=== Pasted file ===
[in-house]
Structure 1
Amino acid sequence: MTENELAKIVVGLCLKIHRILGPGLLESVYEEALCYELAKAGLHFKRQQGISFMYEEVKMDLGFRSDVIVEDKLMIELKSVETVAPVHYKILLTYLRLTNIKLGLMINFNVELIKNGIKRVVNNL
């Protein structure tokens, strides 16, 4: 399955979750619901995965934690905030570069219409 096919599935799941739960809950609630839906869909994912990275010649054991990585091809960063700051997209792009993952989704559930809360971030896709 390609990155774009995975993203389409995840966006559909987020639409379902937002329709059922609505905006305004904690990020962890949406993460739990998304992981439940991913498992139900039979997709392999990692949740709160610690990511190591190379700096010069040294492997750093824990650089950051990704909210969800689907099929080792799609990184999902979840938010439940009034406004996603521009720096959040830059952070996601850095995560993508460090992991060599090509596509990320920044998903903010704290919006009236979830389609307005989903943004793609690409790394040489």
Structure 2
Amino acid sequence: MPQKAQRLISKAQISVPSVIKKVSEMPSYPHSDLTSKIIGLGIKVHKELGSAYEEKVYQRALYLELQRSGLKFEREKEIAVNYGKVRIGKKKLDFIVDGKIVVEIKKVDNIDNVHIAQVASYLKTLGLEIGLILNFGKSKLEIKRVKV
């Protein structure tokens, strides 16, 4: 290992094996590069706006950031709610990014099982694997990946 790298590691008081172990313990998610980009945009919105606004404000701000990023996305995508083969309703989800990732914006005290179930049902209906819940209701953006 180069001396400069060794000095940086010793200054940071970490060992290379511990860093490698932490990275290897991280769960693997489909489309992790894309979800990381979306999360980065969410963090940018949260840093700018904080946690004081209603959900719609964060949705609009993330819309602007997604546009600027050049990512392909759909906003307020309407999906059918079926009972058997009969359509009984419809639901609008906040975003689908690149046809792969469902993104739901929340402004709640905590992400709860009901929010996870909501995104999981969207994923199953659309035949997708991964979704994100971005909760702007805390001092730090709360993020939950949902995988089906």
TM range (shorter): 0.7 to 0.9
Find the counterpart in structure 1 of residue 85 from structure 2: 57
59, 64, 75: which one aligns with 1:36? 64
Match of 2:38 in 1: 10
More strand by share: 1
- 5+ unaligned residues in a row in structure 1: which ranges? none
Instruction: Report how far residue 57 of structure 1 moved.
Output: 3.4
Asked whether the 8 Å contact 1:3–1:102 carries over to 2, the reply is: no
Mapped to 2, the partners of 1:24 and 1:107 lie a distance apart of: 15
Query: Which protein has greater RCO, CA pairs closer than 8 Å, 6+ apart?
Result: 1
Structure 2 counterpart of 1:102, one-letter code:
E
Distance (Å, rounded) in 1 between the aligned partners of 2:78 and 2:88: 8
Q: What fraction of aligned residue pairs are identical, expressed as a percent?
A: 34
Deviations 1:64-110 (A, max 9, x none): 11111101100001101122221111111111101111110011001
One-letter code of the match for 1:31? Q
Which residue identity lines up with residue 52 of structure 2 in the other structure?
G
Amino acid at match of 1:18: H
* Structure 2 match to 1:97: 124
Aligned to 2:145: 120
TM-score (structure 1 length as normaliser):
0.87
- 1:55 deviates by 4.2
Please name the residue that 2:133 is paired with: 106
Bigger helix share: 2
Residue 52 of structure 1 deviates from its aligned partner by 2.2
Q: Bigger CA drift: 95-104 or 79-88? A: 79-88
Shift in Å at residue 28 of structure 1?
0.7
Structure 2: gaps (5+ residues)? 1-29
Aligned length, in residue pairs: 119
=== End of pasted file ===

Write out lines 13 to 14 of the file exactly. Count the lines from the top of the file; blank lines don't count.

- 5+ unaligned residues in a row in structure 1: which ranges? none
Instruction: Report how far residue 57 of structure 1 moved.